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13/05/2008

Marcellus

Municipality of Argos

When the young French diplomat, the viscount De Marcellus was appointed at the embassy of France at Constantinople, in 1816, he was possessed by the “insobriety” of his acquaintance with the ancient world, which was unknown to him. Before he left Paris, he asked a French Friend of his, who had traveled to Troy how he will recognize the location of ancient Troy.
He told him:
“-Go to Troas, put your hand on your heart, and when you feel it beating vividly, you will understand! Ilion is there!”
This phrase shows the excitement with which many travelers came to see the ancient monuments –for some of them this has been the dream of their lives.
De Marcellus actualized his travels to the Greek territory from 1816 to 1820 with this kind of spiritual and inward attitude of extreme desire and wonder towards the ancient inheritance and tradition. Nineteen years after his return to France he published his travel chronic in the framework of these attitudes.
Holding Homer’s poems in his hands, standing on the stone of Homer in Chios he reads the Hymn to Apollo. At every corner of the Greek land he refers to the ancient texts. Once in a while, he builds bridges with the past. He sees women from Naxos washing their husbands’ breeches and he remembers Nafsica. He understands and feels Aeschylus’s “Persians” listening to them by a student of Cydonies at a “gathering of Greeks, burning of hatred against the Ottomans, the same hatred that burnt the souls of their ancestors”. He understands and feels the Hymn to Demetra reading it at the ancient remains of Elefsina. At Thrace, seeing Greek women with their red scarves, their bare feet and their waved hair, he remembers the maenads from the myth of Morfeas. At Mycenae he carved his name on the mane of the Lions.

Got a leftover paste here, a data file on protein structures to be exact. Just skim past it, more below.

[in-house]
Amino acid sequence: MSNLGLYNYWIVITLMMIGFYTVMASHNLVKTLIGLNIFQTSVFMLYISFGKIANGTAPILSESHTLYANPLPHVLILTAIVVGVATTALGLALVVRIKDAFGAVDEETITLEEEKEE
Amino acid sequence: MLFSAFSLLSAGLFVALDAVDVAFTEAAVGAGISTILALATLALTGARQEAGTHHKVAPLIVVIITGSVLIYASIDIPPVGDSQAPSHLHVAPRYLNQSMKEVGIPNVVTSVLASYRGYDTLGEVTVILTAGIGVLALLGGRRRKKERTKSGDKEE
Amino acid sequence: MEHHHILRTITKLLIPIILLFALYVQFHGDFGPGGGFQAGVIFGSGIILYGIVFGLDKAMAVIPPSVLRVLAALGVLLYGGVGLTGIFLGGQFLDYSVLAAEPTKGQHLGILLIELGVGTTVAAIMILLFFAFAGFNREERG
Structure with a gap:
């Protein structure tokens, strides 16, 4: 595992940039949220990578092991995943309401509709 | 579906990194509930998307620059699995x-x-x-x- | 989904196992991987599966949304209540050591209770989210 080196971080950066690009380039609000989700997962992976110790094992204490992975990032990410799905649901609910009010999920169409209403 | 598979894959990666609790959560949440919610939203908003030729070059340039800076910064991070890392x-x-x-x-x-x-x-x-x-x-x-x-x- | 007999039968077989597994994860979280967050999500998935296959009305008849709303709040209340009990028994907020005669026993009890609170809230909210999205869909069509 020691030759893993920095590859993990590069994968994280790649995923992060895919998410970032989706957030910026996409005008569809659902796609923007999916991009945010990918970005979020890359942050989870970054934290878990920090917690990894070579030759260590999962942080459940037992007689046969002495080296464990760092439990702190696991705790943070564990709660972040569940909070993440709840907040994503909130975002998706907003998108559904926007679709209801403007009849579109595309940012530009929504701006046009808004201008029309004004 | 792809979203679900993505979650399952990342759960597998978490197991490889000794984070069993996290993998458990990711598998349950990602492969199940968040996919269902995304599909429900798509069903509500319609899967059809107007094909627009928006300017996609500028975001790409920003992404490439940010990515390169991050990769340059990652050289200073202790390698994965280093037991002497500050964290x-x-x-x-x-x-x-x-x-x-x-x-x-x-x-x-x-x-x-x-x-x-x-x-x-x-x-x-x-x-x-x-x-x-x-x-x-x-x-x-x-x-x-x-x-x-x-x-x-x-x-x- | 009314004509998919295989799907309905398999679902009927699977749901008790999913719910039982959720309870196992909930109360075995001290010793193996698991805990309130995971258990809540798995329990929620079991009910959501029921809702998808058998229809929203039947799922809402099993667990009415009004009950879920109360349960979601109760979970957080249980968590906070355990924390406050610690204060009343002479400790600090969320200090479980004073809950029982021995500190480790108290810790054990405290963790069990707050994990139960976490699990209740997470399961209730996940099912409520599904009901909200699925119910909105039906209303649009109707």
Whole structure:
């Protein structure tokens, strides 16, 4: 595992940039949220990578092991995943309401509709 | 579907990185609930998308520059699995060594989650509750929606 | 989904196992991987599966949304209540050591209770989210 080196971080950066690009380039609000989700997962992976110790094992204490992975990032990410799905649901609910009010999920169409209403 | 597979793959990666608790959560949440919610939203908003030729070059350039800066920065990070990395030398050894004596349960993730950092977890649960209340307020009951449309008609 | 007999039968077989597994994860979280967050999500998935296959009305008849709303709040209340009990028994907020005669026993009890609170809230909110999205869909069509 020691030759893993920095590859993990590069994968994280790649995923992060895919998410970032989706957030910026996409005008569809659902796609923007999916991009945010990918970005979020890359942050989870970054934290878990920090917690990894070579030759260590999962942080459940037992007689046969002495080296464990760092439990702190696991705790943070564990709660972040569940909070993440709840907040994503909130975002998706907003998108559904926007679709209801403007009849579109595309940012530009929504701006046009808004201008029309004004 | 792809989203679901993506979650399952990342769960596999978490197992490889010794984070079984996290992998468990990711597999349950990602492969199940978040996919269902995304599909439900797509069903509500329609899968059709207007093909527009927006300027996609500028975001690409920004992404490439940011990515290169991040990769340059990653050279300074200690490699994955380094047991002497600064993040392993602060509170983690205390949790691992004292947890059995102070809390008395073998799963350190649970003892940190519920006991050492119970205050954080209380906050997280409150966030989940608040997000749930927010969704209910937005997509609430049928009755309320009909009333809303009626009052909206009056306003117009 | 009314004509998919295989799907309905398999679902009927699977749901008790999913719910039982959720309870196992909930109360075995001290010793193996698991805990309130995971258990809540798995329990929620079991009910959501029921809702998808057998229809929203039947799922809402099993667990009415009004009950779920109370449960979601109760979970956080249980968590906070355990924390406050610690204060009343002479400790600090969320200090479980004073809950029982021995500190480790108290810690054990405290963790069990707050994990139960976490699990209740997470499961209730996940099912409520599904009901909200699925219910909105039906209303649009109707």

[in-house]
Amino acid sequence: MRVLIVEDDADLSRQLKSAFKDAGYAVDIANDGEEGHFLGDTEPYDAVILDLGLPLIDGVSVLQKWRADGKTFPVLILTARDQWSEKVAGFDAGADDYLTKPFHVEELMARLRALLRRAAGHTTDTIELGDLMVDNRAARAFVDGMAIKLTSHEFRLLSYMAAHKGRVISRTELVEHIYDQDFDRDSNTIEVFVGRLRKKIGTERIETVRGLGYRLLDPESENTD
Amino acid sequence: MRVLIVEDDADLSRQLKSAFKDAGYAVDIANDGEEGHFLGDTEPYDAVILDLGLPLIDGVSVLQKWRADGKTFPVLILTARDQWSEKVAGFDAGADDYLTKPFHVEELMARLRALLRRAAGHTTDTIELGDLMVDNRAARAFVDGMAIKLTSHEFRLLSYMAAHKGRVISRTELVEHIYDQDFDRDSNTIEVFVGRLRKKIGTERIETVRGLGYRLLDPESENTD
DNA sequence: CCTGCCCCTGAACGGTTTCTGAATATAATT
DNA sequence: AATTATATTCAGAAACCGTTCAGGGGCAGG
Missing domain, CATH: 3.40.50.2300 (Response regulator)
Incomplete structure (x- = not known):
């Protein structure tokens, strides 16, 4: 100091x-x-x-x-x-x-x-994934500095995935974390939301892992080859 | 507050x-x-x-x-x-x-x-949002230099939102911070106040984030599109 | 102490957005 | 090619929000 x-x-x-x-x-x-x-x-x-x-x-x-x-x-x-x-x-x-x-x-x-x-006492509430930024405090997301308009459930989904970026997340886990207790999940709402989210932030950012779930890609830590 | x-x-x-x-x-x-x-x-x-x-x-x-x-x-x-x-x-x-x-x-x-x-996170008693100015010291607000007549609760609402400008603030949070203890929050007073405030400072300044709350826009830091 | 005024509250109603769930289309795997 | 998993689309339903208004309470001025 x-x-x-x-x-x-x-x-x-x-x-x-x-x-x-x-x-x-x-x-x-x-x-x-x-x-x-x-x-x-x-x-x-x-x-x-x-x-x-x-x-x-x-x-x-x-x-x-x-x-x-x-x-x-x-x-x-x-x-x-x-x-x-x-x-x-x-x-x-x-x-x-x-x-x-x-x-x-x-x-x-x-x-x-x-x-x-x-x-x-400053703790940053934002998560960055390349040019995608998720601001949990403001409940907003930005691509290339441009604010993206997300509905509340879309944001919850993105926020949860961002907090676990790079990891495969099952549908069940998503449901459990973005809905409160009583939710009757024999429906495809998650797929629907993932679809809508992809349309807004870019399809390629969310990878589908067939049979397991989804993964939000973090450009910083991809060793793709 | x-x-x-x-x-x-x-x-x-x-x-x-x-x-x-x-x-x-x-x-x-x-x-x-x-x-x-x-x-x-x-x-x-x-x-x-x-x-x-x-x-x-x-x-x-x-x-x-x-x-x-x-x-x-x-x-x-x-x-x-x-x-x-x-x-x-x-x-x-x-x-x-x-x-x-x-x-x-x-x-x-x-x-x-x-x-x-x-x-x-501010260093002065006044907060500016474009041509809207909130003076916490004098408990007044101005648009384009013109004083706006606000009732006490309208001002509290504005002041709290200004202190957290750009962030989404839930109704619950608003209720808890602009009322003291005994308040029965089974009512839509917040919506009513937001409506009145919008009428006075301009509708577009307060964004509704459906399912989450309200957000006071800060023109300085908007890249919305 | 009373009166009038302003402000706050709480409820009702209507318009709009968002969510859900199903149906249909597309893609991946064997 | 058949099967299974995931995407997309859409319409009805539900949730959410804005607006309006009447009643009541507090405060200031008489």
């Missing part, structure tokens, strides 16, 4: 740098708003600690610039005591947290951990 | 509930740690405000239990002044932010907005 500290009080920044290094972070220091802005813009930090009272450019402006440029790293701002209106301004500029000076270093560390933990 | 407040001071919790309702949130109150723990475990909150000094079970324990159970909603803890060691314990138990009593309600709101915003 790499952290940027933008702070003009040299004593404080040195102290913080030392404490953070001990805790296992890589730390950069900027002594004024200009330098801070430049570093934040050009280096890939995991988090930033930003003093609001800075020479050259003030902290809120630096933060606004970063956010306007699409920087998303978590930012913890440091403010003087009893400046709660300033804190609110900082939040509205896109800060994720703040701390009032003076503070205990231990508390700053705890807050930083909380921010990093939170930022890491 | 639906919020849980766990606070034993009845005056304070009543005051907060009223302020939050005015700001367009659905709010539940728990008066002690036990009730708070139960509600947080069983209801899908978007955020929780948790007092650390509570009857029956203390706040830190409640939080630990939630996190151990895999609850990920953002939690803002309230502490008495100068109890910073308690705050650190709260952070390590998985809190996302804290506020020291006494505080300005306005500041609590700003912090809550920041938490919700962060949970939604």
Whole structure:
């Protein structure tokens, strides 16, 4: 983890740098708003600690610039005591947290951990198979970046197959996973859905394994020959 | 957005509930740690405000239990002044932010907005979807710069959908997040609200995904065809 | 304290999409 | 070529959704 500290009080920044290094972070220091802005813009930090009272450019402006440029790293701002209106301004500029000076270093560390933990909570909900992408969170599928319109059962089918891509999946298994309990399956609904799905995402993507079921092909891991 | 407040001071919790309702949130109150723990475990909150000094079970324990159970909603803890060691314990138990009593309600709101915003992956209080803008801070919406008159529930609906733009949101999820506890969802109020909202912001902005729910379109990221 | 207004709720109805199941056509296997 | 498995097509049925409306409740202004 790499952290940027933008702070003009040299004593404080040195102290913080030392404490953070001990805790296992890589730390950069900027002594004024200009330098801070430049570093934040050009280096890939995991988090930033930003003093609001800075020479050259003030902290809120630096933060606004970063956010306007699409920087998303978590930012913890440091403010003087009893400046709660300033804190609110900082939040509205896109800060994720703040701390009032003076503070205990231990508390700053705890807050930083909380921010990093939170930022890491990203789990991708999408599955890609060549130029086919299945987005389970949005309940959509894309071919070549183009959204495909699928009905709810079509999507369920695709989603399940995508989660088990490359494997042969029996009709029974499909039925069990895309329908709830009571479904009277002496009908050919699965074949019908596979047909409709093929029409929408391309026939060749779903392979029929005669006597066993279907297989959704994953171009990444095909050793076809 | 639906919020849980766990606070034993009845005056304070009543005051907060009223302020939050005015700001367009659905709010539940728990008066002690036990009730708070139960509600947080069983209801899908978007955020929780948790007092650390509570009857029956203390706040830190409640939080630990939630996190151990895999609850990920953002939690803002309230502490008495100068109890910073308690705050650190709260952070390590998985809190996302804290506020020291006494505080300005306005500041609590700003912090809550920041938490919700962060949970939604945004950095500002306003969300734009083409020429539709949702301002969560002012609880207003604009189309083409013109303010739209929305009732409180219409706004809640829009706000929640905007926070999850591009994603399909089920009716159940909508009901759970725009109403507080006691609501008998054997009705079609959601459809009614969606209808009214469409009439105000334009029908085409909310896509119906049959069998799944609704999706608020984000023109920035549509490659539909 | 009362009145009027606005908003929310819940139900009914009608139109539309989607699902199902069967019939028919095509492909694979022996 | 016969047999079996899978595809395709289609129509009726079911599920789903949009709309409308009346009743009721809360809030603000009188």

From Athens he went to Argos. He got in a public school. The children were reading and repeated the day’s lesson all together in aloud voice. The teacher explained the teaching method to the traveler and he showed him the textbooks he used. These were Laskari’s Grammar, extracts of ancient classic texts, typed in Corfu and Oikonomou’s Rhetoric.
Then he called his best students to rehearse some scenes from the heroic drama “Leonidas at Thermopylae”. It had been published in 1816 financed by a sea-captain from Hydra.



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